Lake Huron Fishing History
Lake Huron's bass fishery has seen some changes in the past five years, particularly in terms of conservation efforts and fishing regulations. In 2018, the Michigan Department of Natural Resources (DNR) implemented new regulations for bass fishing in Lake Huron's waters, including Saginaw Bay. These new regulations included a catch-and-immediate-release season from May 26th to June 22nd, a daily possession limit of five fish per angler, and a minimum size limit of 14 inches for smallmouth bass and 15 inches for largemouth bass. The new regulations were put in place to help protect and sustain the bass population as well as provide anglers with more opportunities for trophy-sized fish. One of the most intriguing aspects of Lake Huron's bass fishery is the diversity of habitats and fishing opportunities available. Brandon Palaniuk, the Bassmaster Elite Series 2022 Angler of the Year, has described Lake Huron as the most unique and intriguing of the Great Lakes bass fisheries. He has specifically mentioned the area around Alpena, Michigan, as a prime location for pursuing trophy-sized bass. Palaniuk notes that these fish can be nomadic, but with visibility up to 30 feet on calm days, it's like big-game hunting.
In 2020, the Michigan DNR reported that the bass population in Lake Huron had remained stable, with an estimated 11 million smallmouth and 1.5 million largemouth bass in the lake.
However, the assessment also highlighted the need to continue monitoring and managing the fishery to ensure its long-term sustainability. One area that has received increased attention in recent years is the management of invasive species in the Great Lakes, including Lake Huron. Invasive species can have a significant impact on the ecosystem, including the bass fishery, by outcompeting native species, altering habitats, and disrupting food webs. One particularly problematic invasive species in Lake Huron is the round goby, a small, bottom-dwelling fish that was first discovered in the Great Lakes in the 1990s. The round goby has had a significant impact on the bass fishery, as it competes with smallmouth bass for food and habitat and can prey on their eggs and young. To combat the threat of invasive species like the round goby, conservation groups and government agencies have implemented a range of management strategies, including the use of barrier nets, trap-and-remove programs, and public education campaigns. These efforts have helped to slow the spread of invasive species and protect the health of the Lake Huron ecosystem.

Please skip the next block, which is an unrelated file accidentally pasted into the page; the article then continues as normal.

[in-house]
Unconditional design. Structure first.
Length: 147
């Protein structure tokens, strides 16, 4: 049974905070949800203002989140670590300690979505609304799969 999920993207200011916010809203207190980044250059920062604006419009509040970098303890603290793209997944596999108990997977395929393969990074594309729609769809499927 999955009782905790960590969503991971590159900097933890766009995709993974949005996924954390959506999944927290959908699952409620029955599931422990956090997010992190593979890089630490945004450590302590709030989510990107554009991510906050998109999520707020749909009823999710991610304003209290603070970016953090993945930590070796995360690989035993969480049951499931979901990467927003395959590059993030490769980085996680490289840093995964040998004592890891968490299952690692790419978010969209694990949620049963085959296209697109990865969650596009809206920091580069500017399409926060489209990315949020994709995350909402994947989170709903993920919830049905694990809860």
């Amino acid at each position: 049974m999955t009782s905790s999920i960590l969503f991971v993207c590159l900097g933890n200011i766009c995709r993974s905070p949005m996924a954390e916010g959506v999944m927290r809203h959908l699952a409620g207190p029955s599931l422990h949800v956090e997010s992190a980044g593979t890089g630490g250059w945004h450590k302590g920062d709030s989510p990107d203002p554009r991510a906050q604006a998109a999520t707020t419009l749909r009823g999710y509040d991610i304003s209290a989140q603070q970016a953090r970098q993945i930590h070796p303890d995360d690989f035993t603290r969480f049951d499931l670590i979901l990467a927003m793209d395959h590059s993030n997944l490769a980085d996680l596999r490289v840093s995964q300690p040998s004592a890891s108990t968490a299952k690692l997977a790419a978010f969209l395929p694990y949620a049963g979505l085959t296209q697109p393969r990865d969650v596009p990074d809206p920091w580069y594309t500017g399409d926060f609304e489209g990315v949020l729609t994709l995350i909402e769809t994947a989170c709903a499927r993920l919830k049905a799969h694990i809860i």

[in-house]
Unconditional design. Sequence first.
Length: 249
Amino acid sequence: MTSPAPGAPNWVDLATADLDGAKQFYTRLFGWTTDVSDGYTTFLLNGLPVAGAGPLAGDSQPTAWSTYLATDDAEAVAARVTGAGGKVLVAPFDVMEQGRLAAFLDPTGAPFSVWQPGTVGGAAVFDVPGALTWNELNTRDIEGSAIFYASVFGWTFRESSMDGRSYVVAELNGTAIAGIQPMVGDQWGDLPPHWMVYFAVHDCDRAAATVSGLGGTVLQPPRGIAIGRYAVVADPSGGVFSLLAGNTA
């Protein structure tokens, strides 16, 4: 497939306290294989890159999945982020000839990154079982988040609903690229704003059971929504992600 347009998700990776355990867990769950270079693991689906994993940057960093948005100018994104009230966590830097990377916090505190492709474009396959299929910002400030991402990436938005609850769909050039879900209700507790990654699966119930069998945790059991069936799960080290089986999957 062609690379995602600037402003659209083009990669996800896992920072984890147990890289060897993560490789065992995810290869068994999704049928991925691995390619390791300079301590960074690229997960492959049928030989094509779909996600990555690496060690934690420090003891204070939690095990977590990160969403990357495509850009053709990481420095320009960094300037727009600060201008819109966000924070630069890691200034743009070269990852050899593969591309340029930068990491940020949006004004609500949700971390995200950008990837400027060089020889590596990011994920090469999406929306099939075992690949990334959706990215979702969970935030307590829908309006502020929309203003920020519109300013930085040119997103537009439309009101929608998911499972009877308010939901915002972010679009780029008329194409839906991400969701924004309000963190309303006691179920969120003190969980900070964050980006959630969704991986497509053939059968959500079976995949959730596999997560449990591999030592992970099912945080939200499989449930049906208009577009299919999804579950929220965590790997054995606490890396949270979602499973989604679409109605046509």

The Manitoulin Islands: located on the far northern end of Lake Huron, is an area of the lake that offers excellent bass fishing opportunities. These islands stretch more than 50 miles parallel to the Canadian shoreline and form a labyrinth of bays, channels, points, and islands. The islands and surrounding shorelines set up more like inland lake fishing with weedbeds, flats, bays, and points than a big-water fishery. No matter the wind direction or strength, there's almost always protected water to fish.
Saginaw Bay: is also a popular spot for bass fishing, although anglers have historically focused more on the bay's booming walleye population. However, with the new regulations in place, more anglers are turning their attention to bass fishing in the bay. The southern portions of the bay, where the Saginaw River enters, are shallower and more stained, which makes them a prime spot for bass fishing in early spring. As the water gets deeper and clearer farther north, good vegetation scattered on the west and east shores and mid-bay rock reefs hold bass in summer. Working rattlebaits in deeper areas and fluke-style lures up shallow are productive much of the season.
Over the past five years, there have been significant advancements in sonar technology, specifically the introduction of CHIRP (Compressed High-Intensity Radiated Pulse) sonar, which provides clearer and more detailed images of underwater structures and fish.
Another significant advancement in bass fishing gear has been the introduction of electronic fishing reels that utilize Bluetooth technology to connect with smartphones and other devices. These reels allow anglers to monitor various parameters, such as line tension and drag settings, and even program specific casting distances and retrieve speeds. There have also been advancements in lure design and materials. Many manufacturers have introduced new designs and materials to improve the effectiveness of lures, including new shapes, colors, and scents. For example, some companies now produce lures with scent-infused plastics, which can attract fish and increase the likelihood of a strike.
These new developments have led bass tournaments to become increasingly popular in the Great Lakes region, and Lake Huron has hosted a number of high-profile events in recent years. These tournaments have provided an opportunity for anglers to showcase their skills and compete for significant cash prizes, while also raising awareness of the importance of conservation and sustainable fishing practices. However, they have also raised concerns about the potential impact of increased fishing pressure on the bass population, particularly during the spawning season. To address these concerns, tournament organizers and government agencies have implemented a range of measures, such as catch-and-release regulations, to ensure the long-term sustainability of the fishery. These efforts have helped to balance the economic benefits of tournament fishing with the need to protect the health of the bass population and the ecosystem as a whole.